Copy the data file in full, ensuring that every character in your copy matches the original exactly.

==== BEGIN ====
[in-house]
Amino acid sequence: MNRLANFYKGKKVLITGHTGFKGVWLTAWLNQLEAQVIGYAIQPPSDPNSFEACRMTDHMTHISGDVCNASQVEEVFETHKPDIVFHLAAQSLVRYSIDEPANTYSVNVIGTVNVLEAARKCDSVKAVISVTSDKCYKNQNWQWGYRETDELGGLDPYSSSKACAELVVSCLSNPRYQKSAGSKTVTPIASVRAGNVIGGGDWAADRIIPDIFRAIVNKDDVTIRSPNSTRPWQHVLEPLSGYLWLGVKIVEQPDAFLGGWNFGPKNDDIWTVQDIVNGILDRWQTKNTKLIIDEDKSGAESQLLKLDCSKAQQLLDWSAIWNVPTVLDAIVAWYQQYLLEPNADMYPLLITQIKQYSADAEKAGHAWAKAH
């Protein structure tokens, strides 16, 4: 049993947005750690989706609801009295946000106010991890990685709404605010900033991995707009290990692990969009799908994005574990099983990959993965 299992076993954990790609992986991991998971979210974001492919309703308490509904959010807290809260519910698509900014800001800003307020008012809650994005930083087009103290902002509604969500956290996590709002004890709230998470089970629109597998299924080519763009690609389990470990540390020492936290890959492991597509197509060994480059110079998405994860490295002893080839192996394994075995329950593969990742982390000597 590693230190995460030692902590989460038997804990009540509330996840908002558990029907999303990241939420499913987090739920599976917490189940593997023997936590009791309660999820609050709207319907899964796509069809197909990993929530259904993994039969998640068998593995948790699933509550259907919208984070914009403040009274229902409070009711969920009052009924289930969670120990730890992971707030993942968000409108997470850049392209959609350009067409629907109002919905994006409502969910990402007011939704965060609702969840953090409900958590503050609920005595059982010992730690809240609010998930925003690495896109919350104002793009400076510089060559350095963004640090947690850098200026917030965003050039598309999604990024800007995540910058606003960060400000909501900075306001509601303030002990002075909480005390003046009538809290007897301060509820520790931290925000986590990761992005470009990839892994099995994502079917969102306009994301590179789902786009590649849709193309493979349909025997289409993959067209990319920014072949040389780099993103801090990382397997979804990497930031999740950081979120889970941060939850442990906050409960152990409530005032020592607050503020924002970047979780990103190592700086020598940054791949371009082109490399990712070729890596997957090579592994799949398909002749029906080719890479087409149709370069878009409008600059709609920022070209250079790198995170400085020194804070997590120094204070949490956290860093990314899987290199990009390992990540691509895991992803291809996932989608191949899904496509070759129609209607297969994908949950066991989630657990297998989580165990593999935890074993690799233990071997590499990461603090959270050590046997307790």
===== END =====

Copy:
[in-house]
Amino acid sequence: MNRLANFYKGKKVLITGHTGFKGVWLTAWLNQLEAQVIGYAIQPPSDPNSFEACRMTDHMTHISGDVCNASQVEEVFETHKPDIVFHLAAQSLVRYSIDEPANTYSVNVIGTVNVLEAARKCDSVKAVISVTSDKCYKNQNWQWGYRETDELGGLDPYSSSKACAELVVSCLSNPRYQKSAGSKTVTPIASVRAGNVIGGGDWAADRIIPDIFRAIVNKDDVTIRSPNSTRPWQHVLEPLSGYLWLGVKIVEQPDAFLGGWNFGPKNDDIWTVQDIVNGILDRWQTKNTKLIIDEDKSGAESQLLKLDCSKAQQLLDWSAIWNVPTVLDAIVAWYQQYLLEPNADMYPLLITQIKQYSADAEKAGHAWAKAH
């Protein structure tokens, strides 16, 4: 049993947005750690989706609801009295946000106010991890990685709404605010900033991995707009290990692990969009799908994005574990099983990959993965 299992076993954990790609992986991991998971979210974001492919309703308490509904959010807290809260519910698509900014800001800003307020008012809650994005930083087009103290902002509604969500956290996590709002004890709230998470089970629109597998299924080519763009690609389990470990540390020492936290890959492991597509197509060994480059110079998405994860490295002893080839192996394994075995329950593969990742982390000597 590693230190995460030692902590989460038997804990009540509330996840908002558990029907999303990241939420499913987090739920599976917490189940593997023997936590009791309660999820609050709207319907899964796509069809197909990993929530259904993994039969998640068998593995948790699933509550259907919208984070914009403040009274229902409070009711969920009052009924289930969670120990730890992971707030993942968000409108997470850049392209959609350009067409629907109002919905994006409502969910990402007011939704965060609702969840953090409900958590503050609920005595059982010992730690809240609010998930925003690495896109919350104002793009400076510089060559350095963004640090947690850098200026917030965003050039598309999604990024800007995540910058606003960060400000909501900075306001509601303030002990002075909480005390003046009538809290007897301060509820520790931290925000986590990761992005470009990839892994099995994502079917969102306009994301590179789902786009590649849709193309493979349909025997289409993959067209990319920014072949040389780099993103801090990382397997979804990497930031999740950081979120889970941060939850442990906050409960152990409530005032020592607050503020924002970047979780990103190592700086020598940054791949371009082109490399990712070729890596997957090579592994799949398909002749029906080719890479087409149709370069878009409008600059709609920022070209250079790198995170400085020194804070997590120094204070949490956290860093990314899987290199990009390992990540691509895991992803291809996932989608191949899904496509070759129609209607297969994908949950066991989630657990297998989580165990593999935890074993690799233990071997590499990461603090959270050590046997307790």